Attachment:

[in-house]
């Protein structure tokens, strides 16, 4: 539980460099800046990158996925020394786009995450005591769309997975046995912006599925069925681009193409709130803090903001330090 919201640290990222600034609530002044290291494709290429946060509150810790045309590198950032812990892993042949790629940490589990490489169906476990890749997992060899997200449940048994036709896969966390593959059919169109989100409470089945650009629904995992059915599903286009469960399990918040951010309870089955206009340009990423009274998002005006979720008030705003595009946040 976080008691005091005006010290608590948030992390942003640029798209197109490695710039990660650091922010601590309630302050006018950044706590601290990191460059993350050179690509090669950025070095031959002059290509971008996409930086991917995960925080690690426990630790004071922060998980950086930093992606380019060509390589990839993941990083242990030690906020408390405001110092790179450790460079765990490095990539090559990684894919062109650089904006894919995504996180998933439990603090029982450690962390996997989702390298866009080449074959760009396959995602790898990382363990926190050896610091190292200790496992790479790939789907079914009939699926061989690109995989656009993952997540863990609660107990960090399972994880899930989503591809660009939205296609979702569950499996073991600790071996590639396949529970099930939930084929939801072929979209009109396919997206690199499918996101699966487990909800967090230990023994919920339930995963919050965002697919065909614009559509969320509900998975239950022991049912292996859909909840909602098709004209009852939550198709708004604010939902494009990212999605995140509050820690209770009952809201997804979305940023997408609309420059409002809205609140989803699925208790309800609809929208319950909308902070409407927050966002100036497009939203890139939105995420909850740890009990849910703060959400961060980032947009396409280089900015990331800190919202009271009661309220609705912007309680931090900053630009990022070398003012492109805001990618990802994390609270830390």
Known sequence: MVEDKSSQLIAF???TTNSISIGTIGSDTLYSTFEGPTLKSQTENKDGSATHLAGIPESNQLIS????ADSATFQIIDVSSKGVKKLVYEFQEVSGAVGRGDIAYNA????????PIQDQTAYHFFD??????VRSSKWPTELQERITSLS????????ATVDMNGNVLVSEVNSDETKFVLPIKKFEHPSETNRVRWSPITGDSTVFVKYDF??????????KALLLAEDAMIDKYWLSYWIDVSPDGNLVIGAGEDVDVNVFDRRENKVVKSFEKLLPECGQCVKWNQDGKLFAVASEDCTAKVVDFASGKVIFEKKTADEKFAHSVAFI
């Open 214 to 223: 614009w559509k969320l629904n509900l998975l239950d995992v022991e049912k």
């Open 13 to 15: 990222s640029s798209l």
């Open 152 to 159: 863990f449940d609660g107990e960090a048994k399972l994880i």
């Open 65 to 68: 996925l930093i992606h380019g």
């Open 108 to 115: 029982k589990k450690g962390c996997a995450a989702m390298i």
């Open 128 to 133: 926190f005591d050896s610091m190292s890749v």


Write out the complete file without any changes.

[in-house]
């Protein structure tokens, strides 16, 4: 539980460099800046990158996925020394786009995450005591769309997975046995912006599925069925681009193409709130803090903001330090 919201640290990222600034609530002044290291494709290429946060509150810790045309590198950032812990892993042949790629940490589990490489169906476990890749997992060899997200449940048994036709896969966390593959059919169109989100409470089945650009629904995992059915599903286009469960399990918040951010309870089955206009340009990423009274998002005006979720008030705003595009946040 976080008691005091005006010290608590948030992390942003640029798209197109490695710039990660650091922010601590309630302050006018950044706590601290990191460059993350050179690509090669950025070095031959002059290509971008996409930086991917995960925080690690426990630790004071922060998980950086930093992606380019060509390589990839993941990083242990030690906020408390405001110092790179450790460079765990490095990539090559990684894919062109650089904006894919995504996180998933439990603090029982450690962390996997989702390298866009080449074959760009396959995602790898990382363990926190050896610091190292200790496992790479790939789907079914009939699926061989690109995989656009993952997540863990609660107990960090399972994880899930989503591809660009939205296609979702569950499996073991600790071996590639396949529970099930939930084929939801072929979209009109396919997206690199499918996101699966487990909800967090230990023994919920339930995963919050965002697919065909614009559509969320509900998975239950022991049912292996859909909840909602098709004209009852939550198709708004604010939902494009990212999605995140509050820690209770009952809201997804979305940023997408609309420059409002809205609140989803699925208790309800609809929208319950909308902070409407927050966002100036497009939203890139939105995420909850740890009990849910703060959400961060980032947009396409280089900015990331800190919202009271009661309220609705912007309680931090900053630009990022070398003012492109805001990618990802994390609270830390």
Known sequence: MVEDKSSQLIAF???TTNSISIGTIGSDTLYSTFEGPTLKSQTENKDGSATHLAGIPESNQLIS????ADSATFQIIDVSSKGVKKLVYEFQEVSGAVGRGDIAYNA????????PIQDQTAYHFFD??????VRSSKWPTELQERITSLS????????ATVDMNGNVLVSEVNSDETKFVLPIKKFEHPSETNRVRWSPITGDSTVFVKYDF??????????KALLLAEDAMIDKYWLSYWIDVSPDGNLVIGAGEDVDVNVFDRRENKVVKSFEKLLPECGQCVKWNQDGKLFAVASEDCTAKVVDFASGKVIFEKKTADEKFAHSVAFI
């Open 214 to 223: 614009w559509k969320l629904n509900l998975l239950d995992v022991e049912k």
């Open 13 to 15: 990222s640029s798209l």
């Open 152 to 159: 863990f449940d609660g107990e960090a048994k399972l994880i």
């Open 65 to 68: 996925l930093i992606h380019g």
């Open 108 to 115: 029982k589990k450690g962390c996997a995450a989702m390298i």
């Open 128 to 133: 926190f005591d050896s610091m190292s890749v």